All inductive transformers are isolated except "auto-transformers" which share the conduction winding.
However all transformers also have a coupling capacitance which can lead to a sense of false security if you touch an isolated secondary and expect no current to flow.
This is because two capacitors can be a step down transformer as well, where the smallest capacitor takes the biggest step, and compared to a grid transformer, you are the smallest capacitance.
The bigger the transformer, and its dielectric constant in the insulation, generally, the bigger the coupling capacitance which tends to be much bigger than the average human capacitance from air to your finger tip of 100pF.
Hence all distribution transformers (DT) are earth grounded on the neutral of a Y or split phase output.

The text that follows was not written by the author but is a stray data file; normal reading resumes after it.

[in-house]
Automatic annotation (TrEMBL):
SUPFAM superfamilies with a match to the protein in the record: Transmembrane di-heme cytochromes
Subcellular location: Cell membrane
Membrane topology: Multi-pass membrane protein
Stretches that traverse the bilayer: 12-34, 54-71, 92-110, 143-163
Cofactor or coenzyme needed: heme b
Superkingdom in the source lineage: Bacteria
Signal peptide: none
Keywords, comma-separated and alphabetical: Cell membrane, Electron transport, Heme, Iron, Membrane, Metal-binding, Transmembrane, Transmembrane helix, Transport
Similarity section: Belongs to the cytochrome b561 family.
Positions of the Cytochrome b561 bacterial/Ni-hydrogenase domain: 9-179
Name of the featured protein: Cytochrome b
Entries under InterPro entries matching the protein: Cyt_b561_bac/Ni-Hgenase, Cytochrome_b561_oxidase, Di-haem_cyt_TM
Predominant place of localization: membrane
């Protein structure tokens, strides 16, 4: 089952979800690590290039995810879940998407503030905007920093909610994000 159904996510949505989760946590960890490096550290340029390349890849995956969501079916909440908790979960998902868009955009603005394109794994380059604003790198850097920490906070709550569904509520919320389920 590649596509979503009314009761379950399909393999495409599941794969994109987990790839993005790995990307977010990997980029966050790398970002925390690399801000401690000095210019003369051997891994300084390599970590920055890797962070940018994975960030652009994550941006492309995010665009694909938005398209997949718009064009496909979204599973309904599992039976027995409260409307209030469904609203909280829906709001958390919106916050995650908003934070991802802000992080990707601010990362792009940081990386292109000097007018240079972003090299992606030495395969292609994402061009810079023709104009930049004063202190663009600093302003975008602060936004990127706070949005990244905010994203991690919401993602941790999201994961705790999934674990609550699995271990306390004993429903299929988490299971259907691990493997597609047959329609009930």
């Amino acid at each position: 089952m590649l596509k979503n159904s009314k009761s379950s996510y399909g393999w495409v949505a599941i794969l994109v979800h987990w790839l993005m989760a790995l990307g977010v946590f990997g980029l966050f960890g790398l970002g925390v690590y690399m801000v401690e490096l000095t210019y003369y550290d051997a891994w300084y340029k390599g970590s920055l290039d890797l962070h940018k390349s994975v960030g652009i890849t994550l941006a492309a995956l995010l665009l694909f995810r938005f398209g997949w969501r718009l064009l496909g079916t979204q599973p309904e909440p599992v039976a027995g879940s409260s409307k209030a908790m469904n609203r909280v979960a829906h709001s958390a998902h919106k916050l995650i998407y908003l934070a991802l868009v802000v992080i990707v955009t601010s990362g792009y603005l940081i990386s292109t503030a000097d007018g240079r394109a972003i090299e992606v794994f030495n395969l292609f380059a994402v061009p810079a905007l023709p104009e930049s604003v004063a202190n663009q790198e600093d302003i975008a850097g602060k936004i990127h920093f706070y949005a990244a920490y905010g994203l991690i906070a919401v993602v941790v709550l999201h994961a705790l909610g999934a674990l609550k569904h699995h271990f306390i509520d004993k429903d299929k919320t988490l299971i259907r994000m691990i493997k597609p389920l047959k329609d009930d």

The isolation transformer helps protect measurement equipment from catastrophic ground clip connections. Ferroresonant types maintain a constant voltage but are far worse for conducting line transient noise.
Isolation transformer are perfect solutions when needed for equipment or human safety. But noise can be worse. Worse yet, the insulation can charge up to lethal levels without any resistance to ground.
The down side is potential greater common-mode noise if the unit contains a lot of switched currents. This is common in laptop chargers because the DC output is floating and external mic's often get hum from the charger until the person touches ground with a finger or the laptop is grounded to an external monitor.